KLM Travel Guide

Subterranean Roman villas

If you have always wanted to know what an actual Roman villa was like 2000 years ago, then head for Le Domus Romane di Palazzo Valentini. This new yet antique attraction was only discovered in 2007 and provides a unique insight into the life of the ancient Romans. Instead of musty ruins, the site offers amazing multimedia projections that bring the villas back to their former glory.

Arts & Culture
History comes to life

History comes to life

Light and sound

Descending beneath Palazzo Valentini is like entering another world. Because the villas were so well preserved, large segments of the mosaics, marble floors and stairs are still intact. A multimedia tour brings the spaces to life; projections and light shows demonstrate how people once lived here, while the audio tour explains many fascinating details such as the heating system in the bath house and old traces of a house fire. There are also projections that describe how the surroundings must have looked like at the time.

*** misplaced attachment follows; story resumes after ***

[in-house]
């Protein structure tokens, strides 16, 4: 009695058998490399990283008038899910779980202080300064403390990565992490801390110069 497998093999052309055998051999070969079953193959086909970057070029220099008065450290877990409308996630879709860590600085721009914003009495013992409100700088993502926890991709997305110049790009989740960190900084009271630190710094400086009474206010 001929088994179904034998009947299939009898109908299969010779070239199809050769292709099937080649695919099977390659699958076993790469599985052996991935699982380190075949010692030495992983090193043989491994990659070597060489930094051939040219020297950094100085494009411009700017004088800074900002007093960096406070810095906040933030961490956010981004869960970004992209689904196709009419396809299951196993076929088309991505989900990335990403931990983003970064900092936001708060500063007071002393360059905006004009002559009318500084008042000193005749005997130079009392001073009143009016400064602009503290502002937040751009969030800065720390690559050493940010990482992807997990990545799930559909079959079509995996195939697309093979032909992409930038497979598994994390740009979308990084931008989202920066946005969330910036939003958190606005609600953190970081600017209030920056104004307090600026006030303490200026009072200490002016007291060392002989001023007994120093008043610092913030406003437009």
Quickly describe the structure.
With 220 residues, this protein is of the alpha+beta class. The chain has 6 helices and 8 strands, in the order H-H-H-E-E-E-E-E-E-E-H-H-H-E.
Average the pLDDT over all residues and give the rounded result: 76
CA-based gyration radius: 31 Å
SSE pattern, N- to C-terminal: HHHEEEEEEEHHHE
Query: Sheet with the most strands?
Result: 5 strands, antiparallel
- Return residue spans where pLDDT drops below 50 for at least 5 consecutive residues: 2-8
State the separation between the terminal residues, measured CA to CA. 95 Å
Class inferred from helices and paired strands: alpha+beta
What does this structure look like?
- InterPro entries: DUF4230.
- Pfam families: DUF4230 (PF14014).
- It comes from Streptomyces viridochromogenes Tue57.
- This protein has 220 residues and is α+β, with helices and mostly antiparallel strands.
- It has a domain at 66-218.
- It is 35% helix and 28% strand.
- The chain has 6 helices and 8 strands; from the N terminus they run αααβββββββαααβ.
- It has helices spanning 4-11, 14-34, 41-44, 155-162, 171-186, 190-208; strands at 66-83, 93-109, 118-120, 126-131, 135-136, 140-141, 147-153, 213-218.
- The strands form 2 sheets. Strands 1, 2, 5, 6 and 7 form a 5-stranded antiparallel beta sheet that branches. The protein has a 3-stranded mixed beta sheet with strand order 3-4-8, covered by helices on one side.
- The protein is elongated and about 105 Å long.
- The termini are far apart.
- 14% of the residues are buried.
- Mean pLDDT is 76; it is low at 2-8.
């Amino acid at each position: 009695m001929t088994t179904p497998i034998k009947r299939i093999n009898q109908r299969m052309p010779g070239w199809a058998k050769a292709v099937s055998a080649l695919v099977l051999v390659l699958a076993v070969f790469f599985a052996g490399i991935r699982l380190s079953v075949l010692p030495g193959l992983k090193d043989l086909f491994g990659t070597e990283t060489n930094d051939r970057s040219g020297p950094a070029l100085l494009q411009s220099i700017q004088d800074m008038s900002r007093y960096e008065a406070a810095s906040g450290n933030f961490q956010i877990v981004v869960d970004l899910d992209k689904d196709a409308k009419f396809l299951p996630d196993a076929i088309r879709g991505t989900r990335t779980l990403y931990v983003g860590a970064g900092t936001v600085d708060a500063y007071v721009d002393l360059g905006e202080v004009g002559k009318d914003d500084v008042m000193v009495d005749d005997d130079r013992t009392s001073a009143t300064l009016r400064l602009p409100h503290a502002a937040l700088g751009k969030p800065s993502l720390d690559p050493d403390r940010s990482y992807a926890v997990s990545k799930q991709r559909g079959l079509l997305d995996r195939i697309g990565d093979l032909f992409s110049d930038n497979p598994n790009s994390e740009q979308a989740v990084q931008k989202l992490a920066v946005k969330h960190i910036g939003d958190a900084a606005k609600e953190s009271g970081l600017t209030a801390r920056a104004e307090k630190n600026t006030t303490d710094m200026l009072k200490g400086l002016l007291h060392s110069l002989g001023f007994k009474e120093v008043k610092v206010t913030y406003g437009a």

Palazzo Valentini

Palazzo Valentini itself has been home to the provincial government of the Province of Rome since 1873. The palace was built on behalf of Cardinal Michele Bonelli, a nephew of Pope Pius IV. The history of the palace is tumultuous, with many expansions, demolitions and renovations. One of the finest additions is the Imperiali library, built for Cardinal Renato Imperiali, which exhibits over 24,000 books. The palace was named after Consulate-General Vincenzo Valentini who bought it in 1827.

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*All amounts are in EUR. Taxes and surcharges are included. No booking fee is applicable. Prices shown may vary depending on fare availability.

*All amounts are in EUR. Taxes and surcharges are included. No booking fee is applicable. Prices shown may vary depending on fare availability.

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